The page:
Association of circulating 25-hydroxyvitamin D with mental well-being in a population-based, nationally representative sample of German adolescents.
Qual Life Res. 2016 Jun 24. [Epub ahead of print]
Schäfer TK1, Herrmann-Lingen C1, Meyer T2.
1Department of Psychosomatic Medicine and Psychotherapy, German Centre for Cardiovascular Research, University of Göttingen Medical Centre, University of Göttingen, Waldweg 33, 37073, Göttingen, Germany.
2Department of Psychosomatic Medicine and Psychotherapy, German Centre for Cardiovascular Research, University of Göttingen Medical Centre, University of Göttingen, Waldweg 33, 37073, Göttingen, Germany. thomas.meyer at med.uni-goettingen.de.
Scores of previous studies have associated a higher quality of life with higher levels of vitamin D.
So, no surpise to find that higher level of vitamin D help German teens as well
Some studies have found an increased quality of life after supplementation (it is more than an association)
- Higher quality of life associated with higher levels of vitamin D major page
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- Search VitaminDWiki for QOL OR "QUALITY OF LIFE" 715 items as of June 2016
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Numerous studies have linked vitamin D to health-related quality of life (hrQoL) in chronically ill adults or elderly subjects. The aim of this study was to evaluate the association between 25-hydroxyvitamin D (25(OH)D) and hrQoL in a population-based sample of German adolescents.
A total of n = 5066 study participants from the nationwide, representative German Health Interview and Examination Survey for Children and Adolescents (Kinder- und Jugendgesundheitssurvey) aged 11-17 years were included in this post hoc analysis. HrQoL was measured using the well-validated self- and parent-rated Children's Quality of Life questionnaires (KINDL-R), while the level of distress was assessed using the self- and proxy version of the Strengths and Difficulties Questionnaire (SDQ). Serum 25(OH)D concentrations were determined using a commercially available chemiluminescence immunoassay.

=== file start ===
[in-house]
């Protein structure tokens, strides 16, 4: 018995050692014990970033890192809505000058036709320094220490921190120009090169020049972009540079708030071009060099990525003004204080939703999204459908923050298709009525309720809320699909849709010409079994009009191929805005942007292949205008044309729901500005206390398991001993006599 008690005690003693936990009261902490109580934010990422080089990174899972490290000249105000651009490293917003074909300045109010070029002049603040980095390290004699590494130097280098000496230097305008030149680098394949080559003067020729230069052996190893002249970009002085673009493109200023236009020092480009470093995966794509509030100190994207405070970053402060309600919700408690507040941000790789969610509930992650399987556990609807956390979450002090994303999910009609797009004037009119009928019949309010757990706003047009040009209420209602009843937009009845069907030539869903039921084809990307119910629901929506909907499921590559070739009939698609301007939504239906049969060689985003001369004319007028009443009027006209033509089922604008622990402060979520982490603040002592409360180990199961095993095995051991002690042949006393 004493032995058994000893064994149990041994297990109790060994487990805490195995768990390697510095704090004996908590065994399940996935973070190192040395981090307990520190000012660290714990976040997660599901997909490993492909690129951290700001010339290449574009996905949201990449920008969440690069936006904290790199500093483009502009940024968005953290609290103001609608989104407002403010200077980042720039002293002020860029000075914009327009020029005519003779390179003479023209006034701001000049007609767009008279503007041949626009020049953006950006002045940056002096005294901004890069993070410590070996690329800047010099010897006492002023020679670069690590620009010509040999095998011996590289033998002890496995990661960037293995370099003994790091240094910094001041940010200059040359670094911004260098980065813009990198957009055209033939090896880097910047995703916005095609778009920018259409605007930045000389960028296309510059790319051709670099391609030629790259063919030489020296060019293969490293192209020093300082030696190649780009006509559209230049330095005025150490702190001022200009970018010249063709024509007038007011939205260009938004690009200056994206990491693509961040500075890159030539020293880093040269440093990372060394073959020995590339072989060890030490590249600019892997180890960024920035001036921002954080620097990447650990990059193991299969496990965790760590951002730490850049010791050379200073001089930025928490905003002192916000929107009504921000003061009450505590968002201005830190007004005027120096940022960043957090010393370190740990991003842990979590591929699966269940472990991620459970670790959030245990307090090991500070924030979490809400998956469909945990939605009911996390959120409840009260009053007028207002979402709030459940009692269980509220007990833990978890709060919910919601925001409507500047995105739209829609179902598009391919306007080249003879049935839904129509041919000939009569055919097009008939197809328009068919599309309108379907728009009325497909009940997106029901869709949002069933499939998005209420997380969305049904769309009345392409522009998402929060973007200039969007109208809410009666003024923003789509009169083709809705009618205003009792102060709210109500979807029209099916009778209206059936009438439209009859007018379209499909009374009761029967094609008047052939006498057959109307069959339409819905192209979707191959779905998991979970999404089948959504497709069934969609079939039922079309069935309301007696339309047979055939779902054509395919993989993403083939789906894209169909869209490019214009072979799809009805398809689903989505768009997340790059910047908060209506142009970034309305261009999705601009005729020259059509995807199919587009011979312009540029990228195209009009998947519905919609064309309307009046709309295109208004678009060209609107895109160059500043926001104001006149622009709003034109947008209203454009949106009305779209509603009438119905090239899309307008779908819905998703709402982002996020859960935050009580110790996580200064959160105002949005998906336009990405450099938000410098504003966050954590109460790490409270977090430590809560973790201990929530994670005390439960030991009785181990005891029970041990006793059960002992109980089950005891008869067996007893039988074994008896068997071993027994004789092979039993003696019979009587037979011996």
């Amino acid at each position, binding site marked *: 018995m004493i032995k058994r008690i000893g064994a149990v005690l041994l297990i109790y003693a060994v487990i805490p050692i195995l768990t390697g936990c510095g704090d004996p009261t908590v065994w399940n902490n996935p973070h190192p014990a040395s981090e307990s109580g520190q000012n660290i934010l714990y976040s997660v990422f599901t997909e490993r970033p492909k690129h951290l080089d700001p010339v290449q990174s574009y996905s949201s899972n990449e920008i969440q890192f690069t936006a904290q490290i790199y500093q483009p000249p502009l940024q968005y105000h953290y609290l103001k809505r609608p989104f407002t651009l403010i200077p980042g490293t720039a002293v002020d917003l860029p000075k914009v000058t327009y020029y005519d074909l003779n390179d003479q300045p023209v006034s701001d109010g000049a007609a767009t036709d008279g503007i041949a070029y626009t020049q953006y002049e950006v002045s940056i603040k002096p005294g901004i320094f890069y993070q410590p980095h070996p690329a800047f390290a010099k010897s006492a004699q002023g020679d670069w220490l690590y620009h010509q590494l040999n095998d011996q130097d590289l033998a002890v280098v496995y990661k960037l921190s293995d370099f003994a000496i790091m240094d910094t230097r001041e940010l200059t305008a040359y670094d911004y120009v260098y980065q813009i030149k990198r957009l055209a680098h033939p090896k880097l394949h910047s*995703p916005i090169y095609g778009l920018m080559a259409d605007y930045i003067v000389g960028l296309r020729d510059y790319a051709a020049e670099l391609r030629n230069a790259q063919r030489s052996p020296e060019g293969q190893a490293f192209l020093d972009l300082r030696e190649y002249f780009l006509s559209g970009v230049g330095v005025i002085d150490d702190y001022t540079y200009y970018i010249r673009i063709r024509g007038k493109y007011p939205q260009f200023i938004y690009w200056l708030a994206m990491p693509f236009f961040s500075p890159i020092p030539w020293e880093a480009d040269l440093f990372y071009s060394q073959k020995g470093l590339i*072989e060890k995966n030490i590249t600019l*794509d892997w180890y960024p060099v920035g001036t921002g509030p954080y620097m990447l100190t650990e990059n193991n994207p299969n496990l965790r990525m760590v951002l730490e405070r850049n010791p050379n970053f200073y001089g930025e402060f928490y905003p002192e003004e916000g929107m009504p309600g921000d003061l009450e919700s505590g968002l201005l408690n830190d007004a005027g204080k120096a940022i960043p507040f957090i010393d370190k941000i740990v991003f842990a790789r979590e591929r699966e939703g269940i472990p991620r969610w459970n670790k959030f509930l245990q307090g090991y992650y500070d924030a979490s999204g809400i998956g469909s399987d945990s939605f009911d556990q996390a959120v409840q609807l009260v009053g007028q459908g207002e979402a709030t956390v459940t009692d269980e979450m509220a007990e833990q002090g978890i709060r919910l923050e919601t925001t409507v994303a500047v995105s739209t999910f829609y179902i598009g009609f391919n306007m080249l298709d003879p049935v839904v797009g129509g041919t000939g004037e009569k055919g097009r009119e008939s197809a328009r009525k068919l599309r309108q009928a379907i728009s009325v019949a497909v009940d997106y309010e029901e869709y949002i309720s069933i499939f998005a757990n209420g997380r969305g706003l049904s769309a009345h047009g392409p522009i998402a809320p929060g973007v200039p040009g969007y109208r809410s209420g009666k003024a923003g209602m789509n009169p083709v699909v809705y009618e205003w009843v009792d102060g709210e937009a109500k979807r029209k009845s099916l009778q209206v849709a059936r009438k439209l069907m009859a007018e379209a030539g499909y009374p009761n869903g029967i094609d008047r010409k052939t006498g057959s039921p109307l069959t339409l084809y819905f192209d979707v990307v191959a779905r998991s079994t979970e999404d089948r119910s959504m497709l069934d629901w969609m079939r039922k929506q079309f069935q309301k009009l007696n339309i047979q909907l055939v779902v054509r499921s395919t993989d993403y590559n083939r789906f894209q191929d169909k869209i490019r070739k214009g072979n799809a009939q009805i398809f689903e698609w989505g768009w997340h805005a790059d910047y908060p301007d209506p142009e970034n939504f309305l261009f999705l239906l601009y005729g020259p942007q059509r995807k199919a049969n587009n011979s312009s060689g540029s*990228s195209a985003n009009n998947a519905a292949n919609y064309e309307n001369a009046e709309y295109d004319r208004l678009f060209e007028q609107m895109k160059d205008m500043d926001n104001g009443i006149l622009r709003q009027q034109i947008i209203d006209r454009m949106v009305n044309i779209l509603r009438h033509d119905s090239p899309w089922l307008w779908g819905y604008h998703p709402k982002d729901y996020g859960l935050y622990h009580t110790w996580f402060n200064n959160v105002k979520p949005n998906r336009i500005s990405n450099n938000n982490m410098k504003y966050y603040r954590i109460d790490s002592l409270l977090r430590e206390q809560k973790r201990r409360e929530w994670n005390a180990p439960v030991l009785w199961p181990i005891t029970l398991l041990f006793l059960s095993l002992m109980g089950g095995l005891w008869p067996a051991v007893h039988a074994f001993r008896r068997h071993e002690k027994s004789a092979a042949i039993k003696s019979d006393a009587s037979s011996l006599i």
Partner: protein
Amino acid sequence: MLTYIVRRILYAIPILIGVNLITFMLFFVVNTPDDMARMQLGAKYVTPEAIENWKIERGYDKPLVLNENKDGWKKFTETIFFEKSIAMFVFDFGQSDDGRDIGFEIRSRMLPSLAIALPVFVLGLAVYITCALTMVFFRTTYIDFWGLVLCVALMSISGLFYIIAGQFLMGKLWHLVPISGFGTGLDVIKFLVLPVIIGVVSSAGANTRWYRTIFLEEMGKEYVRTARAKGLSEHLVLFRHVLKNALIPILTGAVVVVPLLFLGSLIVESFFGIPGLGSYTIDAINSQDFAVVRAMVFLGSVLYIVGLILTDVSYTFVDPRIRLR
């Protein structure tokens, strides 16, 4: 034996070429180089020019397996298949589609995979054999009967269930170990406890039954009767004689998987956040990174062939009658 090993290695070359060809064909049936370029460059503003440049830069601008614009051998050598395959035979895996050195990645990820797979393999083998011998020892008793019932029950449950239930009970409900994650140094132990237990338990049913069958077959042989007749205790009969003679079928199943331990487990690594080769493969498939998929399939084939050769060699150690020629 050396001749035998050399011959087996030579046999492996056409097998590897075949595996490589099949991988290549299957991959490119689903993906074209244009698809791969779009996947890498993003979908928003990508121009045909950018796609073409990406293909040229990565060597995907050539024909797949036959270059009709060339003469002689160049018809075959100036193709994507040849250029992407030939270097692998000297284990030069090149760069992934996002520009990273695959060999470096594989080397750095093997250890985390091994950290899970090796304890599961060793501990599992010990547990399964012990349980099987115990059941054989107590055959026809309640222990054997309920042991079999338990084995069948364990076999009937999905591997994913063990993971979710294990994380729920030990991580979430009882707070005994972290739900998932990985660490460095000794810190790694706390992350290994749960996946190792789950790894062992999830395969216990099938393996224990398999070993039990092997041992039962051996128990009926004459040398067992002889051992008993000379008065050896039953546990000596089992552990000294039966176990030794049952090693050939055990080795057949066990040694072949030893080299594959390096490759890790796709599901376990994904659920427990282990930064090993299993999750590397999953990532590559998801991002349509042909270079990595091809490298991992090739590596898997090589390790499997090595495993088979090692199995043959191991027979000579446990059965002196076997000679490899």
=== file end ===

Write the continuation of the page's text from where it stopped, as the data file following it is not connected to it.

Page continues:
Bivariate analyses demonstrated a significant positive association between 25(OH)D and hrQoL for both self- [estimate (E) = 0.82, 95 % confidence interval (95 % CI) 0.35-1.30, p = 0.001] and parent ratings (E = 1.33, 95 % CI 0.83-1.83, p < 0.001). In addition, we found negative correlations between 25(OH)D and self- (E = -0.34, 95 % CI -0.58 to -0.11, p = 0.005) and parent-reported total SDQ scores (E = -0.70, 95 % CI -1.03 to -0.37, p < 0.001). Generalized linear models adjusted for age, sex, body mass index, systolic blood pressure, migration background, socio-economic status, and sedentary screen time confirmed that 25(OH)D independently and significantly predicted better hrQoL (p = 0.004).
These findings linking 25(OH)D to better well-being in a nationally representative sample of German children and adolescents suggest beneficial effects of vitamin D on mental health. However, recommendations for vitamin supplementation in healthy children and adolescents are not warranted from our data.